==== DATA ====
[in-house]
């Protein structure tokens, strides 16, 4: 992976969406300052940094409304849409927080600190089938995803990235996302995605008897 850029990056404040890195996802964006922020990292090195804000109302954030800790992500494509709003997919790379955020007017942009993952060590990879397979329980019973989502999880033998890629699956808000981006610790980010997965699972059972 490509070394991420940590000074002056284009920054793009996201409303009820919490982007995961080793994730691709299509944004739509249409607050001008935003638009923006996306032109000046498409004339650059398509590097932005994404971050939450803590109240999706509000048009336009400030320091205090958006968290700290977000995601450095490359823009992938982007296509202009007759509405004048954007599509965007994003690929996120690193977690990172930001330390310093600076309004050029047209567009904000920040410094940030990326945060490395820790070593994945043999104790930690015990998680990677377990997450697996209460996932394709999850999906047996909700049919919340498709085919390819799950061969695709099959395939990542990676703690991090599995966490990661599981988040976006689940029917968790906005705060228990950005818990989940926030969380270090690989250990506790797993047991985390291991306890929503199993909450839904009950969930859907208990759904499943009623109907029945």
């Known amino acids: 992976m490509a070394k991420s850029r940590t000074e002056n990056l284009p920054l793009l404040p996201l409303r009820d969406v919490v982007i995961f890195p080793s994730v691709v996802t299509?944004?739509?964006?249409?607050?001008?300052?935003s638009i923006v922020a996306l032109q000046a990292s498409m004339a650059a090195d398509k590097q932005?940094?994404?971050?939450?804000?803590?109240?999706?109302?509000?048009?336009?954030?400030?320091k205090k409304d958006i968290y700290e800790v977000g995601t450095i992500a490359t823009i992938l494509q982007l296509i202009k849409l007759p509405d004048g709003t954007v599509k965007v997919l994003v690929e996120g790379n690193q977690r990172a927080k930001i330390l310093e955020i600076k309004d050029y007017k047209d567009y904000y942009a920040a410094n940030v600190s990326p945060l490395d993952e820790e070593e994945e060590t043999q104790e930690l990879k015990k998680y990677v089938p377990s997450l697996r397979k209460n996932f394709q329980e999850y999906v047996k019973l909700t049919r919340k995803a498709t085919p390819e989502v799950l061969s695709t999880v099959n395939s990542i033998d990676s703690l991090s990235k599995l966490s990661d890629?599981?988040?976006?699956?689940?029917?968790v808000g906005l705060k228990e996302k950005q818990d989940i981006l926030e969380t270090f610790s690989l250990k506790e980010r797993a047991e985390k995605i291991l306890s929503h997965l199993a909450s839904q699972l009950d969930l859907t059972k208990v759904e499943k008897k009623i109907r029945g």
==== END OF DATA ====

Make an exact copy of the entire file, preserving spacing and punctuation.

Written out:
[in-house]
């Protein structure tokens, strides 16, 4: 992976969406300052940094409304849409927080600190089938995803990235996302995605008897 850029990056404040890195996802964006922020990292090195804000109302954030800790992500494509709003997919790379955020007017942009993952060590990879397979329980019973989502999880033998890629699956808000981006610790980010997965699972059972 490509070394991420940590000074002056284009920054793009996201409303009820919490982007995961080793994730691709299509944004739509249409607050001008935003638009923006996306032109000046498409004339650059398509590097932005994404971050939450803590109240999706509000048009336009400030320091205090958006968290700290977000995601450095490359823009992938982007296509202009007759509405004048954007599509965007994003690929996120690193977690990172930001330390310093600076309004050029047209567009904000920040410094940030990326945060490395820790070593994945043999104790930690015990998680990677377990997450697996209460996932394709999850999906047996909700049919919340498709085919390819799950061969695709099959395939990542990676703690991090599995966490990661599981988040976006689940029917968790906005705060228990950005818990989940926030969380270090690989250990506790797993047991985390291991306890929503199993909450839904009950969930859907208990759904499943009623109907029945």
């Known amino acids: 992976m490509a070394k991420s850029r940590t000074e002056n990056l284009p920054l793009l404040p996201l409303r009820d969406v919490v982007i995961f890195p080793s994730v691709v996802t299509?944004?739509?964006?249409?607050?001008?300052?935003s638009i923006v922020a996306l032109q000046a990292s498409m004339a650059a090195d398509k590097q932005?940094?994404?971050?939450?804000?803590?109240?999706?109302?509000?048009?336009?954030?400030?320091k205090k409304d958006i968290y700290e800790v977000g995601t450095i992500a490359t823009i992938l494509q982007l296509i202009k849409l007759p509405d004048g709003t954007v599509k965007v997919l994003v690929e996120g790379n690193q977690r990172a927080k930001i330390l310093e955020i600076k309004d050029y007017k047209d567009y904000y942009a920040a410094n940030v600190s990326p945060l490395d993952e820790e070593e994945e060590t043999q104790e930690l990879k015990k998680y990677v089938p377990s997450l697996r397979k209460n996932f394709q329980e999850y999906v047996k019973l909700t049919r919340k995803a498709t085919p390819e989502v799950l061969s695709t999880v099959n395939s990542i033998d990676s703690l991090s990235k599995l966490s990661d890629?599981?988040?976006?699956?689940?029917?968790v808000g906005l705060k228990e996302k950005q818990d989940i981006l926030e969380t270090f610790s690989l250990k506790e980010r797993a047991e985390k995605i291991l306890s929503h997965l199993a909450s839904q699972l009950d969930l859907t059972k208990v759904e499943k008897k009623i109907r029945g």